Brazil police
A woman with her child reacts as members of the National Anticrime Force take position during an operation against drug gangs at the Grota slum in Rio de Janeiro, June 13, 2007. REUTERS/SERGIO MORAES

Brazil police, including officers who were off duty, killed nearly 3,500 people in 2015, and some of those incidents were extrajudicial killings, a report said. The report by Human Rights Watch (HRW), published Thursday, said the extrajudicial executions contributed to “a cycle of violence in Brazil.”

“Chronic human rights problems plague Brazil’s criminal justice system, including unlawful police killings, prison overcrowding, and torture and ill-treatment of detainees. Some recent reform efforts aim to address these problems, but other proposed moves would exacerbate them,” the U.S.-based watchdog said in the report.

HRW found the number of people killed by law enforcement officers had increased by 6 percent compared to 2014, and a whopping 52 percent when compared to 2013. While the number of police killings in São Paulo, the country’s most populated city, decreased by 17 percent in 2015, the number of killings in Rio de Janeiro — the state with the highest rate of police killings — increased by 11 percent during the year.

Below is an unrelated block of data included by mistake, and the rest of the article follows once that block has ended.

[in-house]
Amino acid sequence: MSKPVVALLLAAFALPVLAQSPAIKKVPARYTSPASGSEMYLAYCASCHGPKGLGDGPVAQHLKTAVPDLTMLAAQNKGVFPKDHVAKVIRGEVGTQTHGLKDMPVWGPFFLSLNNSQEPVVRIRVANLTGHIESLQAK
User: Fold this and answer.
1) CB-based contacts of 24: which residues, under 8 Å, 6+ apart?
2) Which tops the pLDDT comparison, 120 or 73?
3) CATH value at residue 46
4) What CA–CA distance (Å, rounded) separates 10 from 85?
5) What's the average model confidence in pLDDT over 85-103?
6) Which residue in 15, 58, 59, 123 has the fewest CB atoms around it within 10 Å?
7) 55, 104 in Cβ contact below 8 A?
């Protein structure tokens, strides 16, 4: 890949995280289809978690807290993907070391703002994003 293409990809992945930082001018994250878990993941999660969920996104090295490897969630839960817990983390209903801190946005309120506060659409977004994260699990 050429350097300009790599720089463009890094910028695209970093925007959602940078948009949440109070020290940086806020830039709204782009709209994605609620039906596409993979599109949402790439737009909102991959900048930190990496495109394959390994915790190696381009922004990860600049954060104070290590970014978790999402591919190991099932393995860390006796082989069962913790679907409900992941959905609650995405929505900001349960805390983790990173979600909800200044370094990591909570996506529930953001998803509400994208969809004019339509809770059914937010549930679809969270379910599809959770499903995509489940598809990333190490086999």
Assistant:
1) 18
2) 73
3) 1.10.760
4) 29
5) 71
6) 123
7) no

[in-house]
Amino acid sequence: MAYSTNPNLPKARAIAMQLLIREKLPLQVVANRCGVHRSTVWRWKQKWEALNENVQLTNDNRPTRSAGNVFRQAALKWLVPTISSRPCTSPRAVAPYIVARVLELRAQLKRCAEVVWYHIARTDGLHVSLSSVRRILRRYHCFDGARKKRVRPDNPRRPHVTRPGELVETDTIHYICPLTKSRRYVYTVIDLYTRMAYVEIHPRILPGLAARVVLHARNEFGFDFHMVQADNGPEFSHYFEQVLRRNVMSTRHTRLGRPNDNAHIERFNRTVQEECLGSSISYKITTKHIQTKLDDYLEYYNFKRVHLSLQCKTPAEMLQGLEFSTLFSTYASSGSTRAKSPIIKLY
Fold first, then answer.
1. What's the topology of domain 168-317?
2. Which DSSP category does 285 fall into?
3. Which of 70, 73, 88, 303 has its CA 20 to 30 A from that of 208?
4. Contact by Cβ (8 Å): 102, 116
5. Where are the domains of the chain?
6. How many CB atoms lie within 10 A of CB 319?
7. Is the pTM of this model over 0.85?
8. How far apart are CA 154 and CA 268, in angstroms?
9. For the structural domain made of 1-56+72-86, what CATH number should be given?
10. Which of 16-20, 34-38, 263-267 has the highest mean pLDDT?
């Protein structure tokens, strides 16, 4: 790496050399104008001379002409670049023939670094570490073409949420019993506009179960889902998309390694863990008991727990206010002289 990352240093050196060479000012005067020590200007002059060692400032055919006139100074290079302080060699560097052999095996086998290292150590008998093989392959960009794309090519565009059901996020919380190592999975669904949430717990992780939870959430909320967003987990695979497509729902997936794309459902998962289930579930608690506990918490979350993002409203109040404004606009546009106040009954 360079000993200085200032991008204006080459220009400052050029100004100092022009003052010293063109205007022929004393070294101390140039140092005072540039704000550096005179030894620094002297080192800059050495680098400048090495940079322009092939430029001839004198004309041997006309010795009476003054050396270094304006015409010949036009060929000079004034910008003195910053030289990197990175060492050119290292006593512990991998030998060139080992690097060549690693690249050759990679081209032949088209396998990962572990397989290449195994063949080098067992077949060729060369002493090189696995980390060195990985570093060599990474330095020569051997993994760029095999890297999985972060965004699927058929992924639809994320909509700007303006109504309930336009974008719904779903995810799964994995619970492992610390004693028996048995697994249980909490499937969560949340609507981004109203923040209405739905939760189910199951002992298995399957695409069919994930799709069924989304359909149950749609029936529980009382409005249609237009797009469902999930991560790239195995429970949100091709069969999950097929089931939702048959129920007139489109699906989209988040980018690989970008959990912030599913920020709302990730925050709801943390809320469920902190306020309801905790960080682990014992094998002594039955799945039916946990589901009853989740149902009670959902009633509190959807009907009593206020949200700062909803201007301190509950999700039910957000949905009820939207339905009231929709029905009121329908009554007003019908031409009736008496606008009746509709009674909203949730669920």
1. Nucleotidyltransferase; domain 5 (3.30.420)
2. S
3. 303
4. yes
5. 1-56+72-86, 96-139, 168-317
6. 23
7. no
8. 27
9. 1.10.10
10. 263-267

“While some police killings result from legitimate use of force, others are extrajudicial executions,” the report said.

“The community’s cooperation with the police is key to reducing the high levels of crime in Brazil,” Maria Laura Canineu, Brazil director at HRW, said in a statement. “Turning a blind eye to police abuse not only denies justice to victims' families, it antagonizes communities and puts the police officers who patrol them at risk.”

The nonprofit organization also noted that 395 law enforcement officers were killed in 2015.

The report also found that Brazilian prisons were overcrowded and violent. There are over 622,000 people in prisons currently, 67 percent more than the number prisons in the South American country were designed to hold. Officials documented cases of “torture and cruel, inhuman, or degrading treatment in ‘most, if not all’” of the 17 prisons in six states from April 2015 to March 2016. Cells designed to hold nine people each held nearly 50 inmates in a jail in São Paulo state.

The report follows a series of prison riots earlier this month which left at least 100 inmates dead within a week. Many inmates were beheaded and dismembered in the riots. Brazilian President Michel Temer took three days to respond to the spate of violence, calling the riots “a terrible tragedy.” He reportedly added that since the riots took place in privately-owned prisons, the state bore no responsibility.

Meanwhile, Justice Minister Alexandre de Moraes released a draft of a National Plan of Public Security last week in a bid to modernize Brazil’s prison system and improve security. It includes the construction of five new federal prisons for dangerous inmates, along with nearly $250 million allocated for states to build their own prisons.